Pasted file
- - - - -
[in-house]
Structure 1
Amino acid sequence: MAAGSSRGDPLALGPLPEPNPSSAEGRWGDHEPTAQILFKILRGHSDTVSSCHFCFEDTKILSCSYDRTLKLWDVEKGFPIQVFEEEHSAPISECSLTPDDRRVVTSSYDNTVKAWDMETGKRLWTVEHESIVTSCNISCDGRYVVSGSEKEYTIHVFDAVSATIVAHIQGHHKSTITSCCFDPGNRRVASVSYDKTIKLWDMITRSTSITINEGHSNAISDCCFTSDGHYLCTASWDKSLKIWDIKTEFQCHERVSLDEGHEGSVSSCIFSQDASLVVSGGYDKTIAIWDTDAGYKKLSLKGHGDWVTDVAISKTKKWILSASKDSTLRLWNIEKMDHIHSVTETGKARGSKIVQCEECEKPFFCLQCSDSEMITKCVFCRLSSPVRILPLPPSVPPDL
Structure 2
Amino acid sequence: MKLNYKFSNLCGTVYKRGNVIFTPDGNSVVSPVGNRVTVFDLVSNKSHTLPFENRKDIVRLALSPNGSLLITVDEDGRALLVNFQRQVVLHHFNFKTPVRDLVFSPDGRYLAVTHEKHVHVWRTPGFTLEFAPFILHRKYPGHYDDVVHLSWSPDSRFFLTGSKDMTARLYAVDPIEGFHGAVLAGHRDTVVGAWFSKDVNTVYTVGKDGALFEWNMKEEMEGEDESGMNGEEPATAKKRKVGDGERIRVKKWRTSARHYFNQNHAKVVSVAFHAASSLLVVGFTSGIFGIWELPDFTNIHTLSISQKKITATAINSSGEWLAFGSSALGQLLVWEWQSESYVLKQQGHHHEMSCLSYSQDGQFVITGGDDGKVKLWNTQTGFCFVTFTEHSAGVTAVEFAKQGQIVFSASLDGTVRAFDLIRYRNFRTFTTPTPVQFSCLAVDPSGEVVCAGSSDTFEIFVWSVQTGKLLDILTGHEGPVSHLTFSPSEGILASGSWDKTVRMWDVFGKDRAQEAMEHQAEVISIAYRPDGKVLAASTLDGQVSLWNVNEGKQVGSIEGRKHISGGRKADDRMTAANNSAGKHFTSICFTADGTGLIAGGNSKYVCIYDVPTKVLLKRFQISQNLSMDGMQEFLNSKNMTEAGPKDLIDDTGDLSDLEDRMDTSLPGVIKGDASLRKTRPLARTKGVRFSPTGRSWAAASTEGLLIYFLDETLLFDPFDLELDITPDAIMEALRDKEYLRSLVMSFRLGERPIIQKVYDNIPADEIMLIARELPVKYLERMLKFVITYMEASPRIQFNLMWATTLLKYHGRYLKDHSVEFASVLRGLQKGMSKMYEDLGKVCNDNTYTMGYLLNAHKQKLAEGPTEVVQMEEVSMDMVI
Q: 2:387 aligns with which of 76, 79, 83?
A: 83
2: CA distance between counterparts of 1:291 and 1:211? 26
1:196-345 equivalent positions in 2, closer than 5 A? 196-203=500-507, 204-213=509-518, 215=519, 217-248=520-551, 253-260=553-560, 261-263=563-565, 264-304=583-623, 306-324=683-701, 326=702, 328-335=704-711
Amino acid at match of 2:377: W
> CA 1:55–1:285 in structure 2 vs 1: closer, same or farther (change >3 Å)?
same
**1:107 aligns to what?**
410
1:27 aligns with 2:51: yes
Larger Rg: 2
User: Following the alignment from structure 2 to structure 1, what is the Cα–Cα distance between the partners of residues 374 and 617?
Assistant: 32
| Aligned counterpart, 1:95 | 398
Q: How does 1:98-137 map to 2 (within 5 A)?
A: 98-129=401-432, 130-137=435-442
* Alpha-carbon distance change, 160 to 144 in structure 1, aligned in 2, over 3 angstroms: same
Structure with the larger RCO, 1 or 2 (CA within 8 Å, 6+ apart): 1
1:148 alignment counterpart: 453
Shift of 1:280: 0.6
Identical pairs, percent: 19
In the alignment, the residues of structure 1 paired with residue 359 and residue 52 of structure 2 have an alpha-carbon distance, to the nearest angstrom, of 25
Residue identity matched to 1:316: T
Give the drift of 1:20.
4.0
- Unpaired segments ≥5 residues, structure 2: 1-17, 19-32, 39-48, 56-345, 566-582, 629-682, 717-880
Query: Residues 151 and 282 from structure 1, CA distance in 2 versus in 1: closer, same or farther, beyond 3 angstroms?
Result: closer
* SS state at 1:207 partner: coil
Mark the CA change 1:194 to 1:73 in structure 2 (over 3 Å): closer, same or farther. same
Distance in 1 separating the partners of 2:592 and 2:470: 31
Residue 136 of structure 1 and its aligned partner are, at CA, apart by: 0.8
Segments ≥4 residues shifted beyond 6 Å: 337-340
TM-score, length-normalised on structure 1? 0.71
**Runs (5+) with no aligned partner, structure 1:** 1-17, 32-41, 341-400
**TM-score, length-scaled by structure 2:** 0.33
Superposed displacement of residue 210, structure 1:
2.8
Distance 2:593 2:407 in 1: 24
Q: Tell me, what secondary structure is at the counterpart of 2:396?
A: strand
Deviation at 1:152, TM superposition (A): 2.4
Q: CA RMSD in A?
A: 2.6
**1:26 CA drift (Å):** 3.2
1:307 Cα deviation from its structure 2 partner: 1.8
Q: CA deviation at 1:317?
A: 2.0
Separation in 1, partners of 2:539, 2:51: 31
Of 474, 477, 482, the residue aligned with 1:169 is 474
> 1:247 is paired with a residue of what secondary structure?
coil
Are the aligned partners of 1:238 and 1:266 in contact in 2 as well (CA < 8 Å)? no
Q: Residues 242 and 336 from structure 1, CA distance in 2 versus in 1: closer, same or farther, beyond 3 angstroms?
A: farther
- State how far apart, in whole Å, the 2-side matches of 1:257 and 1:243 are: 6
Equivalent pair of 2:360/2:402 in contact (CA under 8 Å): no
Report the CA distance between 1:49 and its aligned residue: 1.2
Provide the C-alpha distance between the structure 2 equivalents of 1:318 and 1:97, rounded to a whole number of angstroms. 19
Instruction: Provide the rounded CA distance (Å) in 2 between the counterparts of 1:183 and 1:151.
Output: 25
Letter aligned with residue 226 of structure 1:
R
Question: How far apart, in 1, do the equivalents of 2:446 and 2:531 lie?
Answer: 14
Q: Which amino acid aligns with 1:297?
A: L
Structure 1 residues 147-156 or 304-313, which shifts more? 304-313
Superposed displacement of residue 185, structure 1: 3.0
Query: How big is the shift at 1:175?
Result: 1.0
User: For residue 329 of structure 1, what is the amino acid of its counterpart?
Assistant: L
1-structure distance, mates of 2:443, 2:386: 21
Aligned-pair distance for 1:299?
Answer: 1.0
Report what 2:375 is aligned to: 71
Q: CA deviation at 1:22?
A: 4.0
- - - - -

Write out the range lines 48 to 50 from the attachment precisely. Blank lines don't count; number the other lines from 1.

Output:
Q: CA RMSD in A?
A: 2.6
**1:26 CA drift (Å):** 3.2